Season resume


The third season of the World Endurance Championship witnessed Porsche’s return to top level endurance racing for the first time in 16 years and Audi’s 13th win in the last 15 years at the 24 Hours of Le Mans. The year, however, belonged to Toyota Racing – the Japanese team joyfully winning the Manufacturers World Championship at the final round of the season. Anthony Davidson and Sébastien Buemi lifted the 2014 Drivers’ title after taking their No.8 Toyota TS040 Hybrid to the top step of the podium on four occasions, with their team mates in the No.7 entry also winning in Bahrain.

All three of the manufacturers were victorious in 2014, and Porsche’s inclusion of Mark Webber in its driver line up opened the doors of endurance racing to a whole new audience. The German marque claimed its first victory in the WEC at the final round of the season in São Paulo, while Audi not only won at Le Mans but also at the Lone Star Le Mans event at COTA in the USA.

After an intense three-way battle between Ferrari, Aston Martin and Porsche, the Italian manufacturer claimed the FIA Endurance Cup for GT Manufacturers, its third title in three years. Gianmaria Bruni and Toni Vilander were crowned GT Drivers’ champions after winning four of the season’s eight rounds including the 24 Hours of Le Mans in the No.51 Ferrari 458 Italia.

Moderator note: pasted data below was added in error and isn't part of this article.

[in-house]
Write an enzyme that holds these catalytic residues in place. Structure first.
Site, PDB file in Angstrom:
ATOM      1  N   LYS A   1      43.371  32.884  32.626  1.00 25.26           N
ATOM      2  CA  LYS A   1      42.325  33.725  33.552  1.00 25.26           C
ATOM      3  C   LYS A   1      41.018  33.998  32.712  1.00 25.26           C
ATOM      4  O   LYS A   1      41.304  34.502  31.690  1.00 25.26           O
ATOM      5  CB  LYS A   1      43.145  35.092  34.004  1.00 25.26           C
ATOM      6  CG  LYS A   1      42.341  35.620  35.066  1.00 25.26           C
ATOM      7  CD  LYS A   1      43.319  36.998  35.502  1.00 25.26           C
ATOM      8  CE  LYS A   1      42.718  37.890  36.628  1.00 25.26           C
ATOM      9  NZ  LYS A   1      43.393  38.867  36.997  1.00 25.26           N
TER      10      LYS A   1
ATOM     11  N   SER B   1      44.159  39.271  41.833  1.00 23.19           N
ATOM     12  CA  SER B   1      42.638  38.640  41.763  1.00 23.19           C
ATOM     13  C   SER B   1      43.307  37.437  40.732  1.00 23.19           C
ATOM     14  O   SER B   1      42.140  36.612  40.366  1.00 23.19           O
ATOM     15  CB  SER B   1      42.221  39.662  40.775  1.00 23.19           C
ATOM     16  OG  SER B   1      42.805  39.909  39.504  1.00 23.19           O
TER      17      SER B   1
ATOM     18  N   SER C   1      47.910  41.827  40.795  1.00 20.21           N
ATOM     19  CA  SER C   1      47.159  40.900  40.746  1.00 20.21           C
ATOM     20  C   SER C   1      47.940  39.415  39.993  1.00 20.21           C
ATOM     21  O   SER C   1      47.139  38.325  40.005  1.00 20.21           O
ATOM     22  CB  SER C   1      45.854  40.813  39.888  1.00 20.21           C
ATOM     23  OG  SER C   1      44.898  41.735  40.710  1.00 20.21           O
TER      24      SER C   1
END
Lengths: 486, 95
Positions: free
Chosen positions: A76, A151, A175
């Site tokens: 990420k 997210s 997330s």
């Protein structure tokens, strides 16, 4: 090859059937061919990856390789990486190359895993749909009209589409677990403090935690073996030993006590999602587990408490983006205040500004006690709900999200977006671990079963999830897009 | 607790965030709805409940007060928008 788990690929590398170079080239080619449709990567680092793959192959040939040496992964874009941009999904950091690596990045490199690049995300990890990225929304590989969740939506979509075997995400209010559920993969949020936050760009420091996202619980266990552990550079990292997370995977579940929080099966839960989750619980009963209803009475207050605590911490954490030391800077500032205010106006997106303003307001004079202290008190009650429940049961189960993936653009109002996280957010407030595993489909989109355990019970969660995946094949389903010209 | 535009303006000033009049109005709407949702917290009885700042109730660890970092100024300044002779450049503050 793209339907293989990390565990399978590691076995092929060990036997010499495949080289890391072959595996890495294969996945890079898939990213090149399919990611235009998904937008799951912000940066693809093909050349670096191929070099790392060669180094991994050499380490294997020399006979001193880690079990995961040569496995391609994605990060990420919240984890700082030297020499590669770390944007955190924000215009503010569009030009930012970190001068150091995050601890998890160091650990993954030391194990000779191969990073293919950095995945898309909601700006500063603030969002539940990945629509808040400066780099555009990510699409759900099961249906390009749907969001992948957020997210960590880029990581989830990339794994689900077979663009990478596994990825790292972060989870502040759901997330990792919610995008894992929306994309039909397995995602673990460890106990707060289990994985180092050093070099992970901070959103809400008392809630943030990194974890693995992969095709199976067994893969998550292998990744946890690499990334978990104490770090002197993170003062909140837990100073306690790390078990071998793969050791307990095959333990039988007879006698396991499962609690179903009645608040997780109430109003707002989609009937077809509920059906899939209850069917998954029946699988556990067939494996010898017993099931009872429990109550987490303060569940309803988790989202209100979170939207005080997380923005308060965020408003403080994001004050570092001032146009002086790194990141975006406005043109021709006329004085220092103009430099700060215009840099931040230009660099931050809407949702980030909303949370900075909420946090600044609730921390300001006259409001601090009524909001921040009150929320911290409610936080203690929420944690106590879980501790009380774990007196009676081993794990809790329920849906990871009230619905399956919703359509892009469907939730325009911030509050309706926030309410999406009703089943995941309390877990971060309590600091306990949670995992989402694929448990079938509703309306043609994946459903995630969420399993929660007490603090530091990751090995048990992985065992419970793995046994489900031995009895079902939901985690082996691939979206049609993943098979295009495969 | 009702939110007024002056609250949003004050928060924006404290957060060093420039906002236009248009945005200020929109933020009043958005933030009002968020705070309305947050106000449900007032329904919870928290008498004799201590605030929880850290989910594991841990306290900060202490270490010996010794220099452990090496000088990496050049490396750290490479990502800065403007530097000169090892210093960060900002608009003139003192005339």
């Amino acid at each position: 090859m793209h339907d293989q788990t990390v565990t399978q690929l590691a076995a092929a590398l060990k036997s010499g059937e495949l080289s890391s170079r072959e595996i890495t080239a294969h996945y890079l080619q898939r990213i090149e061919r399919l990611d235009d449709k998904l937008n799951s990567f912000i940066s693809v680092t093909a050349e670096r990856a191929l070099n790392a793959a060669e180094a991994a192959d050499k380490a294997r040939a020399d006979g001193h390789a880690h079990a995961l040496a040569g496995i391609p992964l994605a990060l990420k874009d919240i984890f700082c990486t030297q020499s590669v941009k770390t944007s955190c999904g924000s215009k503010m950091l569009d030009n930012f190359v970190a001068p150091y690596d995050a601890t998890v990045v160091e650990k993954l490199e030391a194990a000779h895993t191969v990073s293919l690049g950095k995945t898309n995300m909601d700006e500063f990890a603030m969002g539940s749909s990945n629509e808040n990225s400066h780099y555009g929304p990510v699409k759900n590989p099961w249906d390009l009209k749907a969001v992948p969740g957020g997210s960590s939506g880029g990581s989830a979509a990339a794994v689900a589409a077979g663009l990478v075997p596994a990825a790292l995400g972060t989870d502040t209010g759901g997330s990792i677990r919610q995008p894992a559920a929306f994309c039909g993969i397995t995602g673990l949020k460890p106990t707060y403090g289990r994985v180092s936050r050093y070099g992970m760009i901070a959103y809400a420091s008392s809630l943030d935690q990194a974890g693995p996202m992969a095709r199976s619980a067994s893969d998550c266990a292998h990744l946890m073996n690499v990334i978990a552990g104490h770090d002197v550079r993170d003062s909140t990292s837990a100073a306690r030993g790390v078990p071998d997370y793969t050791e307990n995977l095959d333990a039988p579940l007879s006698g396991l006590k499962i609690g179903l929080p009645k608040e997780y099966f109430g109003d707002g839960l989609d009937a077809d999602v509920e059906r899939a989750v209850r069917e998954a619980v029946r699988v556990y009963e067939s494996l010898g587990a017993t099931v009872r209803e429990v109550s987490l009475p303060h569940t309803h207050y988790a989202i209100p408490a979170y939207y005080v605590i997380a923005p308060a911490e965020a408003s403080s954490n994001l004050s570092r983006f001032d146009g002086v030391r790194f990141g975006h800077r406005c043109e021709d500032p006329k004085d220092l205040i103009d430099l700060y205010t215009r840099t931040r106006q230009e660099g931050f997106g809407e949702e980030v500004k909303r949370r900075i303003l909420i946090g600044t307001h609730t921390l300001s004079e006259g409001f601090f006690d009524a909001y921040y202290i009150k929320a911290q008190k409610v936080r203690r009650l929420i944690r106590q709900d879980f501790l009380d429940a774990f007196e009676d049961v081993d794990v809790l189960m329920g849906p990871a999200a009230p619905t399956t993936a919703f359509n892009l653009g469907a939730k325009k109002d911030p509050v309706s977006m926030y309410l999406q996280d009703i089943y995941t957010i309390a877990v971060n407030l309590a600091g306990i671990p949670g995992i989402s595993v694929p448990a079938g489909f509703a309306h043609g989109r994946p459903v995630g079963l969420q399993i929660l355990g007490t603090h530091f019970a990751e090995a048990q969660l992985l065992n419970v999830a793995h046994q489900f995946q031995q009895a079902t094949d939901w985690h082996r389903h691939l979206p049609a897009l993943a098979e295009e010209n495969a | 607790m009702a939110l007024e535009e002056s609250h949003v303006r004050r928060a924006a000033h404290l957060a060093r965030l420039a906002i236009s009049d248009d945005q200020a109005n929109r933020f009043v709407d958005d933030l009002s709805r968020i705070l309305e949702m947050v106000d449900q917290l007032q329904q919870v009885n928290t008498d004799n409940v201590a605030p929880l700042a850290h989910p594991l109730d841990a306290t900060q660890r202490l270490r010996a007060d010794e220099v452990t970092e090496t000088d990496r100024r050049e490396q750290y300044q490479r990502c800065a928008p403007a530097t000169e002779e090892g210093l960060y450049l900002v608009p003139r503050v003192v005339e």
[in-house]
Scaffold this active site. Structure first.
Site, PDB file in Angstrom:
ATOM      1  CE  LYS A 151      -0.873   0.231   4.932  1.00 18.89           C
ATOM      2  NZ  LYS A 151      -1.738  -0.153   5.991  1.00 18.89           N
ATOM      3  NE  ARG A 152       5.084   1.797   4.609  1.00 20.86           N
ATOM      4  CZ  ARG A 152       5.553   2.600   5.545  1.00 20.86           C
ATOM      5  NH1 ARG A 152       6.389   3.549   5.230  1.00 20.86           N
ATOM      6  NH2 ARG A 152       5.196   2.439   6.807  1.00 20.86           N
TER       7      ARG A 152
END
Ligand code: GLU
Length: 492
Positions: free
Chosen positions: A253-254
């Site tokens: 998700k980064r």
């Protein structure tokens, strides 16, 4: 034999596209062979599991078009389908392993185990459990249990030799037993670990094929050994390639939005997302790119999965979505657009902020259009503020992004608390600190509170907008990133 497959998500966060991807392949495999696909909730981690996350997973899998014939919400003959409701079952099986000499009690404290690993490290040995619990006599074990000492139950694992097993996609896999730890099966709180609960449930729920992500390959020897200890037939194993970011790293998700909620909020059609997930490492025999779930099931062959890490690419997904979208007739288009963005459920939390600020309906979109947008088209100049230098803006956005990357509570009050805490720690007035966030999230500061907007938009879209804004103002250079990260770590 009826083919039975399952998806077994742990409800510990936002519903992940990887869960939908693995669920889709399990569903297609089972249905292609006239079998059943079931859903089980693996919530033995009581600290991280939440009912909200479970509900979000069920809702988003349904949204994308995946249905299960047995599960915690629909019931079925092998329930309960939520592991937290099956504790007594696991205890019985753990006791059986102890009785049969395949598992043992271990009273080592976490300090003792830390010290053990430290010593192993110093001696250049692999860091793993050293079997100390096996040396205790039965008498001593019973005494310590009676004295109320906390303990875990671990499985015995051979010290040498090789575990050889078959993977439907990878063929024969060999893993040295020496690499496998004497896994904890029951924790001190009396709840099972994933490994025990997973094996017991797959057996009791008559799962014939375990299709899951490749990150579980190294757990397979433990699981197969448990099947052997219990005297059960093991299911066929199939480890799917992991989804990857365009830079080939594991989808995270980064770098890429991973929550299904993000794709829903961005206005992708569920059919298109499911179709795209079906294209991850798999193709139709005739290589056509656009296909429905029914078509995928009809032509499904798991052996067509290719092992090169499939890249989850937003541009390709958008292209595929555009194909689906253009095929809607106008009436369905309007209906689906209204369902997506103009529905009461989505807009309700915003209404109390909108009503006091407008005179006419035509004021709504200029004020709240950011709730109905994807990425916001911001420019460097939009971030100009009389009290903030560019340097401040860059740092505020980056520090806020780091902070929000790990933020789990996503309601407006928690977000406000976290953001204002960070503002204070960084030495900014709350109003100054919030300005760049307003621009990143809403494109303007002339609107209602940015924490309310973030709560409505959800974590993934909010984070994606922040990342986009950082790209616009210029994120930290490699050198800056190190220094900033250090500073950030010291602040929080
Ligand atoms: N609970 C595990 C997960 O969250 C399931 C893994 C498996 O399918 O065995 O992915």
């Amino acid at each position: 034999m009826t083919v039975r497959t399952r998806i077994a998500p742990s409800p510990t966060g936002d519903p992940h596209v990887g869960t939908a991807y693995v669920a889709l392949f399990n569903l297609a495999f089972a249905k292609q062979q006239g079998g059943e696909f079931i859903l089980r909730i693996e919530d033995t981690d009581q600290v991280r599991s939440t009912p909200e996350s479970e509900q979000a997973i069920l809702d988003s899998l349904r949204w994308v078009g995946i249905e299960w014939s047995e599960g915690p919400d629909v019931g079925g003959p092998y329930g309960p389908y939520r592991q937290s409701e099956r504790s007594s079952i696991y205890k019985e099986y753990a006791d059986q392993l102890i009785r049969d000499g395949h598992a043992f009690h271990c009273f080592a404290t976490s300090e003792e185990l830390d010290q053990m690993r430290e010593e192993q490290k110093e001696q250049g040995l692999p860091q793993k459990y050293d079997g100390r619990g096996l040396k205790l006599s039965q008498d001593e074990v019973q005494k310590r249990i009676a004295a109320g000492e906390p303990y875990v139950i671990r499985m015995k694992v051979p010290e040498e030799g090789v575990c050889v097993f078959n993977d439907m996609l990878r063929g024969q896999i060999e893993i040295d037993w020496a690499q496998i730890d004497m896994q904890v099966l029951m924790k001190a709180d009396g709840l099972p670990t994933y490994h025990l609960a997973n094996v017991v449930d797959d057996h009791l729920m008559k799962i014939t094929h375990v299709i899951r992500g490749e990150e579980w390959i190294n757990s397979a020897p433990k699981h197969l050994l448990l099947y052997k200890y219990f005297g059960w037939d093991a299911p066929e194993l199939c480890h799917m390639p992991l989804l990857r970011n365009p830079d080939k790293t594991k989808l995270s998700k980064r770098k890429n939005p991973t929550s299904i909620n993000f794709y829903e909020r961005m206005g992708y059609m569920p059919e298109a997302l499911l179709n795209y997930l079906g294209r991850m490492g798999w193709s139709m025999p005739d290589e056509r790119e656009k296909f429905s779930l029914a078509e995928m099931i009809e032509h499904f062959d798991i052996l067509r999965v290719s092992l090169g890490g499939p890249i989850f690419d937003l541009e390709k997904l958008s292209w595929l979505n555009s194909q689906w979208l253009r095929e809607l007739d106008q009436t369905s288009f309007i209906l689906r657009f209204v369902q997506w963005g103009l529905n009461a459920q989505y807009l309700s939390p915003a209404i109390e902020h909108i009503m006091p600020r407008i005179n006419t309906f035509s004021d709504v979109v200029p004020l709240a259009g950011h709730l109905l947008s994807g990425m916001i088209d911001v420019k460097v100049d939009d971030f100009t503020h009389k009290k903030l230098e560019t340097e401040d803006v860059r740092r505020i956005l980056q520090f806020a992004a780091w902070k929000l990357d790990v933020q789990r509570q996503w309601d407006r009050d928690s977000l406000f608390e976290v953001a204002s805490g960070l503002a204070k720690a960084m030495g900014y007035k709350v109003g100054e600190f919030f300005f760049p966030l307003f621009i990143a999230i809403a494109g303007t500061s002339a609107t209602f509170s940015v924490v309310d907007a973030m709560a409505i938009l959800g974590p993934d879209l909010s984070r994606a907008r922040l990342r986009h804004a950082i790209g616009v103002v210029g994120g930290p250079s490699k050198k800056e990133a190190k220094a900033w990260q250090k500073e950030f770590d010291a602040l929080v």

Rebellion Racing was untouchable in the LMP1 Private Teams category, but the battle in LMP2 kept everyone on the edge of their seats right to the end of the season. The small but very competitive class was won by a very consistent SMP Racing, with Sergey Zlobin lifting the FIA Endurance Trophy for LMP2 drivers alone due to a change of team mates in the No.27 ORECA 03 Nissan at the double points-scoring Le Mans round. G-Drive Racing won four races but fell at the final hurdle, while KCMG also won three times.

Aston Martin Racing reigned supreme in the LMGTE Am class, winning seven times on its way to the FIA Endurance Trophy for LMGTE Am Teams, and it was the Danish duo of David Heinemeier Hansson and Kristian Poulsen in the No.95 Vantage V8 who claimed the drivers’ title race over their team mates in the No.98 Aston Martin Racing entry.

The WEC presented stability in terms of venues visited, and the US-round at Austin, Texas joined Le Mans and Bahrain as a ‘night’ race. The new LMP1 hybrid regulations were fully embraced by the manufacturers who raced faster but more efficiently, with 30% less fossil fuels being used than in previous years. 2014 also witnessed the No.14 Porsche 919 of Romain Dumas and Neel Jani and the No.8 Toyota TS040 of Anthony Davidson and Sebastien Buemi set the exact same qualifying time of 1:48.300 after an average of the four best laps for each car – a feat unlikely to be seen again for quite some time!